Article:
• Immunity: In the fall of 1983, I began medical school in San Francisco, which meant I trained during the early years of the AIDS epidemic in one of the hardest hit cities. The virus hadn’t even been isolated when I enrolled, and the first effective treatment for it (AZT) didn’t become available until just before I graduated. During my years of clinical education, I met hundreds of young people (mostly gay men) who were sliding down a sickening slope from vigor, to malaise, to wasting, to death. For many years this terrified me. It seemed inconceivable that healthy, active young men could so quickly decline and die, suffering myriad awful infections along the way. Now, looking back, I realize there was a deeper message: most of the time our bodies protect us from all those microbes that destroyed the bodies of the early AIDS victims. We don’t realize it, but our immune systems keep countless organisms at bay, preventing them from over-running our systems and killing us. This is yet another bodily process that operates beyond awareness, but upon which our lives depend.

It would be easy to add more items to this list. In particular, we could explore all the ways our brains support human life as we know it. Effortlessly we see, hear, and move around our environments. We understand speech; we generate new ideas; we learn and gain wisdom. In ways that neuroscientists are just beginning to understand, billions of nerve cells work behind the scenes to give us this marvelous experience we call daily life.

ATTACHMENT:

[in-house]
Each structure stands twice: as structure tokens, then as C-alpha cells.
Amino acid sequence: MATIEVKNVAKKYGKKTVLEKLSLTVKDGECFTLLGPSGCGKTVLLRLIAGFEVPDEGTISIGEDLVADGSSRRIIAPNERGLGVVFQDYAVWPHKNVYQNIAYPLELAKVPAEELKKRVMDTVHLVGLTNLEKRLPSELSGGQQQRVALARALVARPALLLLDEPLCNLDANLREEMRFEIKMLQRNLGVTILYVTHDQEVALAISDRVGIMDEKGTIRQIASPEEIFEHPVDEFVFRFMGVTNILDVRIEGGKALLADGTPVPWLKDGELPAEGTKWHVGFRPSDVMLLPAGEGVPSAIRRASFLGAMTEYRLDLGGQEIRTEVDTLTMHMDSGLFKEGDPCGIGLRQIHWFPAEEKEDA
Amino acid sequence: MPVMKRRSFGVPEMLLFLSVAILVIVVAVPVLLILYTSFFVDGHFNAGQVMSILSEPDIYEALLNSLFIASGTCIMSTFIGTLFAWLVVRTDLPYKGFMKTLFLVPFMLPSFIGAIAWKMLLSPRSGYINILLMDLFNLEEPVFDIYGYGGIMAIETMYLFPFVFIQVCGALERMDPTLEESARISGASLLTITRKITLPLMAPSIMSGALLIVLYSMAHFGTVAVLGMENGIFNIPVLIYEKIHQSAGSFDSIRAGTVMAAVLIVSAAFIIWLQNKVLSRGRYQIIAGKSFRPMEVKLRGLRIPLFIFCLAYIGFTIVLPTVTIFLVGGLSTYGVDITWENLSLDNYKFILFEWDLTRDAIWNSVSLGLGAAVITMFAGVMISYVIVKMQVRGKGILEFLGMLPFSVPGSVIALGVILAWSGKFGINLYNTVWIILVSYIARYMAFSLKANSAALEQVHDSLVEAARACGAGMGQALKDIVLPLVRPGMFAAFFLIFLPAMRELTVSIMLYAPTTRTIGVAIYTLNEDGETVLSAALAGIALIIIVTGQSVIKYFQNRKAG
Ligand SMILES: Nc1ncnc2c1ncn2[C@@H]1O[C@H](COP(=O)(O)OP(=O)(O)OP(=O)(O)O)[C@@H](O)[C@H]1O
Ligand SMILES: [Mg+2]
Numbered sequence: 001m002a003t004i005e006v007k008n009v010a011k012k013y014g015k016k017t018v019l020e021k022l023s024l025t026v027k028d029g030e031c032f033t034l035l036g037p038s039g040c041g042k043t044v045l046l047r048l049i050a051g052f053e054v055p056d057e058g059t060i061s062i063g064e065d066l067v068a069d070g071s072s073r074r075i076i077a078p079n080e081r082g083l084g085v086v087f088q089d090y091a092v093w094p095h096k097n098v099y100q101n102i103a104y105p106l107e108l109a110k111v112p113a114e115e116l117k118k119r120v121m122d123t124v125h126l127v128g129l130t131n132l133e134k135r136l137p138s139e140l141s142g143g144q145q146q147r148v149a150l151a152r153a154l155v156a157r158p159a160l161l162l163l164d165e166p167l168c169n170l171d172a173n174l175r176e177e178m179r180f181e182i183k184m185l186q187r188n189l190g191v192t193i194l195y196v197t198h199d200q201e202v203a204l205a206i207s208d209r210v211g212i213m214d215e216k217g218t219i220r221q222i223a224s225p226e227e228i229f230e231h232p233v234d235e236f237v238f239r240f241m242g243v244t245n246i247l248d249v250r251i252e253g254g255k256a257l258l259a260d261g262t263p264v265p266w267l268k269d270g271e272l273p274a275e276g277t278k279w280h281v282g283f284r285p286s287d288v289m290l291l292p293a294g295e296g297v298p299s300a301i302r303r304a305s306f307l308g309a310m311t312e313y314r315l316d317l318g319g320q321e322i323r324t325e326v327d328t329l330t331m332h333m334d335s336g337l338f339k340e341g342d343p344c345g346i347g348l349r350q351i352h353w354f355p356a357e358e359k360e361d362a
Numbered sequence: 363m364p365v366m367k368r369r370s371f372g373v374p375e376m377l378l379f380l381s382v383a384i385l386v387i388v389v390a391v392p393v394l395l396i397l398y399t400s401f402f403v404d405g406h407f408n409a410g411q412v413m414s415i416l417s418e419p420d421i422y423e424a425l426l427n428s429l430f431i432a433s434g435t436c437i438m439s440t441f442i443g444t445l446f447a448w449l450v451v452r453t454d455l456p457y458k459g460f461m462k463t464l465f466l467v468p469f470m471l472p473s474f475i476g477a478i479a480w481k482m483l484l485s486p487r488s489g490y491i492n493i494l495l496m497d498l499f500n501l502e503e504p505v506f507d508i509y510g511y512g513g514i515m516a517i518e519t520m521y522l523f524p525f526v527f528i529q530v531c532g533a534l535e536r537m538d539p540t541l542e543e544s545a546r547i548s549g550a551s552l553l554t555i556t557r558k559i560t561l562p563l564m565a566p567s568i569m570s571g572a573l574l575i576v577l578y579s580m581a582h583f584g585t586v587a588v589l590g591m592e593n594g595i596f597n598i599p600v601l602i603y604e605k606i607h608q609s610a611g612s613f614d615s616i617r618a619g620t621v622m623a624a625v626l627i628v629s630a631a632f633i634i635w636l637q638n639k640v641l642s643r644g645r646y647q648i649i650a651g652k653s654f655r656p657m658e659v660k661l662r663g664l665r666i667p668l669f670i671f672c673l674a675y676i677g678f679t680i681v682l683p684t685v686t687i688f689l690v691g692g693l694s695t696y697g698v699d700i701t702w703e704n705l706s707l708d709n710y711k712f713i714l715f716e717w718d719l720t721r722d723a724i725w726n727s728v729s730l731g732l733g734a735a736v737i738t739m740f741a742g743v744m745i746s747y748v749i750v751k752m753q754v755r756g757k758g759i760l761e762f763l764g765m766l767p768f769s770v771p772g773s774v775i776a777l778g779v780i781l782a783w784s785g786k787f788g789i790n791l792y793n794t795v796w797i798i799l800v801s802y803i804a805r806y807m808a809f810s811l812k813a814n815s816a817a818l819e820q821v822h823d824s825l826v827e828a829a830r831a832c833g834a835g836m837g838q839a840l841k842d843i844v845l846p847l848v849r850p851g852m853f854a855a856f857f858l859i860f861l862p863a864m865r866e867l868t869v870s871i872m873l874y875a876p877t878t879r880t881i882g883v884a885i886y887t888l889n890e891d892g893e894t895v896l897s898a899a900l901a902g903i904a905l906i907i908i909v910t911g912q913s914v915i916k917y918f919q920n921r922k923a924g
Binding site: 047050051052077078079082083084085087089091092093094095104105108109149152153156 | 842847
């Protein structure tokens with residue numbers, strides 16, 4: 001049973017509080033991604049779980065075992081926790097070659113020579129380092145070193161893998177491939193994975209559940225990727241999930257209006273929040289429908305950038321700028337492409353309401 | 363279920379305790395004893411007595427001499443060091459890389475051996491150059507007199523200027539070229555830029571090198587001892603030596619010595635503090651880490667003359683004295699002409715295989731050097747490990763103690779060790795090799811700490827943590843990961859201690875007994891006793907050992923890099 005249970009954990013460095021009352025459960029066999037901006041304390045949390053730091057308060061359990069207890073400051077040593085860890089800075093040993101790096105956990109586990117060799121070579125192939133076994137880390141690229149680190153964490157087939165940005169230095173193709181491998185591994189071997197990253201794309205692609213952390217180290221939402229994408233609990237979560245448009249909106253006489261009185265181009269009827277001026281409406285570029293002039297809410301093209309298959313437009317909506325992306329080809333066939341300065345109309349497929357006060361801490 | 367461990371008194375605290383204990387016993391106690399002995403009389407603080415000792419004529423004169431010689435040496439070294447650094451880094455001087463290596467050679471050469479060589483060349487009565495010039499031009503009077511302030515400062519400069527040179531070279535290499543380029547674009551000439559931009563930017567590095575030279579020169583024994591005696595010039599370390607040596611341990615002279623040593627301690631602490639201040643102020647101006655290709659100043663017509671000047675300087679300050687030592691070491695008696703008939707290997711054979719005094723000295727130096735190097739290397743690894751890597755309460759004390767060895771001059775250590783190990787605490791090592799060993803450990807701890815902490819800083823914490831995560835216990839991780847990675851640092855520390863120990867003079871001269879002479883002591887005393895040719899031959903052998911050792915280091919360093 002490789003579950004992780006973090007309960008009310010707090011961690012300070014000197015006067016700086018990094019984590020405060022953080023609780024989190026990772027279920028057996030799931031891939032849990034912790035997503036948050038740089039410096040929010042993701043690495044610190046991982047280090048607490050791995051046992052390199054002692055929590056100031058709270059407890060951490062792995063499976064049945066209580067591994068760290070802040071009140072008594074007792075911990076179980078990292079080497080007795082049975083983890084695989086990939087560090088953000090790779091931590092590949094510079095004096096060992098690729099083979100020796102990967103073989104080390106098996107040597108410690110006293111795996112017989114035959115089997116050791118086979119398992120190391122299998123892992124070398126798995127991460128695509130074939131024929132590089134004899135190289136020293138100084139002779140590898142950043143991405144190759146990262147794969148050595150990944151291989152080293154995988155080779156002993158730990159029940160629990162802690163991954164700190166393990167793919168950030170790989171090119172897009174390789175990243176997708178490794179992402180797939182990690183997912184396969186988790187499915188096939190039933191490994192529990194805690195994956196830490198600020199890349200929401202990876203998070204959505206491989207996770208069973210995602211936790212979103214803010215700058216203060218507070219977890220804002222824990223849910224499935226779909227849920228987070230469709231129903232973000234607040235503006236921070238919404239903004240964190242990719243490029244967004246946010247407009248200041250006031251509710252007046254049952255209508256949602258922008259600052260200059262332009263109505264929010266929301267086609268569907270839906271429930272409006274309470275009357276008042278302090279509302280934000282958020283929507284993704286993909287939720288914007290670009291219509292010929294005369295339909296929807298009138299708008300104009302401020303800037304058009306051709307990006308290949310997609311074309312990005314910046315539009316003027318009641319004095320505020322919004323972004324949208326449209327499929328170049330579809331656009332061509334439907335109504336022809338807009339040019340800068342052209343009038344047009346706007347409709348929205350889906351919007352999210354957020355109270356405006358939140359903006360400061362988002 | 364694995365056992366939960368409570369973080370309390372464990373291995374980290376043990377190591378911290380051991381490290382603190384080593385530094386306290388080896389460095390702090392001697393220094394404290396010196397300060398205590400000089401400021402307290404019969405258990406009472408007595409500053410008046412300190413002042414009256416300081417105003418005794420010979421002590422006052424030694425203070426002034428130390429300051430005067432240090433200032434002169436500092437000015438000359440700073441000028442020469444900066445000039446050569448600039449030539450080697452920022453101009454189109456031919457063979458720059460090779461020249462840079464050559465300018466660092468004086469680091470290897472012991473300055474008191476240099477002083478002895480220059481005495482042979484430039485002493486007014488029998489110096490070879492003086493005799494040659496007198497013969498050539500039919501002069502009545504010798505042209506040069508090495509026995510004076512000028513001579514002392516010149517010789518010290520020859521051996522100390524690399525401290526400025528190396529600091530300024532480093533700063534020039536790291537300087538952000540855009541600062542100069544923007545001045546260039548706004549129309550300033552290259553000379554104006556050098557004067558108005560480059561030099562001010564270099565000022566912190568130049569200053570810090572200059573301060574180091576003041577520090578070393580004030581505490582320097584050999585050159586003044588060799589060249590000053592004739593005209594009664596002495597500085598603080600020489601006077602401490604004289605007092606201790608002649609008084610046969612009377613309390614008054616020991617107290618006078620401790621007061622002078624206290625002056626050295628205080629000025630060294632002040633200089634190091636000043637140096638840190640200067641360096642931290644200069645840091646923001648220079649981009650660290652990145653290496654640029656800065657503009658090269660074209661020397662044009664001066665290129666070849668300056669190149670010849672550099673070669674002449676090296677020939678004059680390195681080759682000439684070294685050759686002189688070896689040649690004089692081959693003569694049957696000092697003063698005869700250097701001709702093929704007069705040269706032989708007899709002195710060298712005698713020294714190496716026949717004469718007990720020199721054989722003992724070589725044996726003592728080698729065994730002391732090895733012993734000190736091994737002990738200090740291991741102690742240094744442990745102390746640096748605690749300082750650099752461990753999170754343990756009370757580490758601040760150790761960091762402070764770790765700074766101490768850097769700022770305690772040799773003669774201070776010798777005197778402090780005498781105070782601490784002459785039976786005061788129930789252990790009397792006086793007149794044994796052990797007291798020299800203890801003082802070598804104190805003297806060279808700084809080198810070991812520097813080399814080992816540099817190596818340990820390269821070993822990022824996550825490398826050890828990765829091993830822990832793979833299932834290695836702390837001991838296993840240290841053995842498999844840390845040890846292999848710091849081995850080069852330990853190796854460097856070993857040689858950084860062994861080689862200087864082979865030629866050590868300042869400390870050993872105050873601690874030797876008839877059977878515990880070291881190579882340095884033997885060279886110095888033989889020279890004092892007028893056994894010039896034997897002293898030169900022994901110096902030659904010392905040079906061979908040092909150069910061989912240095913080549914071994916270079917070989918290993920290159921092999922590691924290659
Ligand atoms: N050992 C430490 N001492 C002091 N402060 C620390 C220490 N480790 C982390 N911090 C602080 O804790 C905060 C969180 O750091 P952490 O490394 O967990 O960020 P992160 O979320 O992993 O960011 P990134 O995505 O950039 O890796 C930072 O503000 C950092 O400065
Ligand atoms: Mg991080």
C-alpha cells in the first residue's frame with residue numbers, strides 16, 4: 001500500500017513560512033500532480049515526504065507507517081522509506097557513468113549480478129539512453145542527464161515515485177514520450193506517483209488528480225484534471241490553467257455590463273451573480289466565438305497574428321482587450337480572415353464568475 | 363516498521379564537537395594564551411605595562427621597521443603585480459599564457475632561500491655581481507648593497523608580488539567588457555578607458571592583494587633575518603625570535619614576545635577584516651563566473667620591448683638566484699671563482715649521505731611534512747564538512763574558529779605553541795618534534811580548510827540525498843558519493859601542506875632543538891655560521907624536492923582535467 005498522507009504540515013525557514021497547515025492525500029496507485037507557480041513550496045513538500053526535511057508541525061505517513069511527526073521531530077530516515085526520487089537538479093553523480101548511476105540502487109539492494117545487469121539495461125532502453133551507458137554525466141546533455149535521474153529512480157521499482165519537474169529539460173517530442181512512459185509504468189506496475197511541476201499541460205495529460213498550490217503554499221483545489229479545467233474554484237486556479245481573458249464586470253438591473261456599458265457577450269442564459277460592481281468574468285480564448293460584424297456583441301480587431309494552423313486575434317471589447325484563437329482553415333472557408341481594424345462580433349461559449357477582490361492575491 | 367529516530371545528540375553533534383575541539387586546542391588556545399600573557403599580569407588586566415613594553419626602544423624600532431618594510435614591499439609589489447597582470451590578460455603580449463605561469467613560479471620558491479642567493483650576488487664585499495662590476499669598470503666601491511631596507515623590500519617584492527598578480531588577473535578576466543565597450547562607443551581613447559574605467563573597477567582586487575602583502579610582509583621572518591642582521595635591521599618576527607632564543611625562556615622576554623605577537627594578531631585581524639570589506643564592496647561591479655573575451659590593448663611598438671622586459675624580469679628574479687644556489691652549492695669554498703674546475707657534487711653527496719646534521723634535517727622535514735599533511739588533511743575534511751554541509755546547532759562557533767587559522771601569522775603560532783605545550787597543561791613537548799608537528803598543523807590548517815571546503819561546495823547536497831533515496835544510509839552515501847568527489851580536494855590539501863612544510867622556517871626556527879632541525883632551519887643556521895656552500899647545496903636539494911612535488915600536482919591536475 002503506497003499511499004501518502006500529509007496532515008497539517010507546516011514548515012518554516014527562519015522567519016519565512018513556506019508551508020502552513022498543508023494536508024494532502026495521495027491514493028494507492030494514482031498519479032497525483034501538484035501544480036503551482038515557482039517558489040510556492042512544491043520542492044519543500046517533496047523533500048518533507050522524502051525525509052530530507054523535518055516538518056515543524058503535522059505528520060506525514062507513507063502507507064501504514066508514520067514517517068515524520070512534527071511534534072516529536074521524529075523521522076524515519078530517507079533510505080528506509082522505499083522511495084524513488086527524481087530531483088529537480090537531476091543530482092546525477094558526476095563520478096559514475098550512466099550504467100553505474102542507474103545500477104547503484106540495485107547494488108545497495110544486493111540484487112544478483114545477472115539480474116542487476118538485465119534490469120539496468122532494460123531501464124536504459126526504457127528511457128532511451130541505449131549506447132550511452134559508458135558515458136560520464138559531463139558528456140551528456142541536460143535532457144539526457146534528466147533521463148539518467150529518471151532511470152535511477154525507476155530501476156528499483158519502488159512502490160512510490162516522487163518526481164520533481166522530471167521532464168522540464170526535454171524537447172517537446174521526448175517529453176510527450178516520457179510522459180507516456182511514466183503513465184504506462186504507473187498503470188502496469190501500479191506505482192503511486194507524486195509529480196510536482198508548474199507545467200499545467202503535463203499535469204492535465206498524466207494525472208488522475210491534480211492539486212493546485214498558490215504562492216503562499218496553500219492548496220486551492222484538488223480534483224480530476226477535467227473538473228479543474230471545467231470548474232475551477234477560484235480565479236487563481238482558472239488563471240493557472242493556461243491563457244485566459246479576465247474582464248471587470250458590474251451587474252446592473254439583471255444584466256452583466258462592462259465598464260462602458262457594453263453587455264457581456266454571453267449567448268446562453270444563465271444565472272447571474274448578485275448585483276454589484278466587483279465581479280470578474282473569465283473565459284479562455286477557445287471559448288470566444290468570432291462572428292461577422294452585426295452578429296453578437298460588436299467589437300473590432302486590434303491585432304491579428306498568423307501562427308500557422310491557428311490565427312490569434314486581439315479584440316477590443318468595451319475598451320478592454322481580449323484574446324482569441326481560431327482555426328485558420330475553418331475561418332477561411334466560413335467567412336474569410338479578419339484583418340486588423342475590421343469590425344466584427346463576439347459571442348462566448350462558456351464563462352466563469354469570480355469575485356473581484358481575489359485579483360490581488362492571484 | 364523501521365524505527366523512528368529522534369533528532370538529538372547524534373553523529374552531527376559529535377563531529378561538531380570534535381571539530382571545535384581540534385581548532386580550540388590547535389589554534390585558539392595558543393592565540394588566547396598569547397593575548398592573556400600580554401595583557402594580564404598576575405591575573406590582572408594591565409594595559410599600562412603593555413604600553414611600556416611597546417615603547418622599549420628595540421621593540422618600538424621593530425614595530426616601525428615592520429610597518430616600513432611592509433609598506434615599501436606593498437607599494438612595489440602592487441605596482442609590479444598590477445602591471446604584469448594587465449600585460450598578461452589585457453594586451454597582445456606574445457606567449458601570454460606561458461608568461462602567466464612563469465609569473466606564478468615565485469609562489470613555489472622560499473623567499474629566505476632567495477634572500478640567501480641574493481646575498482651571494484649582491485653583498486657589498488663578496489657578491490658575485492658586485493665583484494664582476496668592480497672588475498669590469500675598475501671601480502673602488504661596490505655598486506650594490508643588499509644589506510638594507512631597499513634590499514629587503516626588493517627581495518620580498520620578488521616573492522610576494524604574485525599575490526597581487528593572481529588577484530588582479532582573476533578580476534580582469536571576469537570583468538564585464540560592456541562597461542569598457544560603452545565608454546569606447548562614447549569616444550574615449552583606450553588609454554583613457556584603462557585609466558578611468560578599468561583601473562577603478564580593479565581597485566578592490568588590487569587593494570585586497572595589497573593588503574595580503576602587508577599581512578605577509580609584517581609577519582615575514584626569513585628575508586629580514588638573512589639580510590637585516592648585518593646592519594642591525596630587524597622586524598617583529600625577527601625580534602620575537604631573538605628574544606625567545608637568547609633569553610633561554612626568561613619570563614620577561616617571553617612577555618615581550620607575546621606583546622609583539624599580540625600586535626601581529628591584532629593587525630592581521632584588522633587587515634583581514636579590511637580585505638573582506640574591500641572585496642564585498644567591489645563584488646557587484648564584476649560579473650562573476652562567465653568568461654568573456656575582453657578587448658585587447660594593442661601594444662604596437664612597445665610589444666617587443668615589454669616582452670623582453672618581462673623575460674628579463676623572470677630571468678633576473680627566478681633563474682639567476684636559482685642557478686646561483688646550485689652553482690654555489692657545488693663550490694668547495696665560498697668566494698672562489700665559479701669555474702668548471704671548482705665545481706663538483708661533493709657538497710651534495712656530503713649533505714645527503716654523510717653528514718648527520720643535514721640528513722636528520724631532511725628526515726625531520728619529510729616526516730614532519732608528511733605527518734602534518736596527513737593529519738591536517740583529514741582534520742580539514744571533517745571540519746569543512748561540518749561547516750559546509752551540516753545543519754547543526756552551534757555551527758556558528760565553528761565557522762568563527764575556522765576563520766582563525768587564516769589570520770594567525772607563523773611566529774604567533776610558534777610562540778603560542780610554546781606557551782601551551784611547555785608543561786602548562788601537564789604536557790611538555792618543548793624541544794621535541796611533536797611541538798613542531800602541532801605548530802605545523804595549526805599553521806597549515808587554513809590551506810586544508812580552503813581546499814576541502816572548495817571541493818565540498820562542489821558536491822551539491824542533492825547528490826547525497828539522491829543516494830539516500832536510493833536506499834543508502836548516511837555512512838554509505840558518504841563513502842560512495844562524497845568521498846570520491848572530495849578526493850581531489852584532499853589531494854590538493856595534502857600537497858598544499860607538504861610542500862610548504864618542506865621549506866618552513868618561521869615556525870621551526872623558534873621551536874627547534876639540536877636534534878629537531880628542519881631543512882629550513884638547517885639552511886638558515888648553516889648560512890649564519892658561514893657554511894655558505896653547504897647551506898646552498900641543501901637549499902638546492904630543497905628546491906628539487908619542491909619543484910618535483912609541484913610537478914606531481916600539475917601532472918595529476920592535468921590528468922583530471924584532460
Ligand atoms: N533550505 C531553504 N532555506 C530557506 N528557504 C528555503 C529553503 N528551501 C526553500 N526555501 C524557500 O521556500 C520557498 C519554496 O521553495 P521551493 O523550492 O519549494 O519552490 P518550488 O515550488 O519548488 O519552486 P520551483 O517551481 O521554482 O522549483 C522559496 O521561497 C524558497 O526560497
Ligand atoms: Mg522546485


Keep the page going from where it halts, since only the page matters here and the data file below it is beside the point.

With our bodies doing so many things to keep life going, don’t they deserve our trust rather than our fear? Whether we consciously acknowledge the fact or not, we depend on them every moment of every day. This is a kind of faith, and I believe we would feel happier and more secure if we made that faith more conscious.

Think of the comfort people derive from faith in an unseen God. I myself enjoy a faith along these lines, though I don’t believe in God as commonly understood. While I don’t think the world is under the control of a being who watches, manages, and judges us, I do feel supported by deep and mysterious forces I cannot name. Like more traditional religious belief, this faith helps me find meaning amidst the difficulties of life. Given that trust in unseen powers can feel sustaining, imagine how much we might benefit from trust in the very tangible and endlessly supportive body. Imagine how much better that would feel than the background of fear!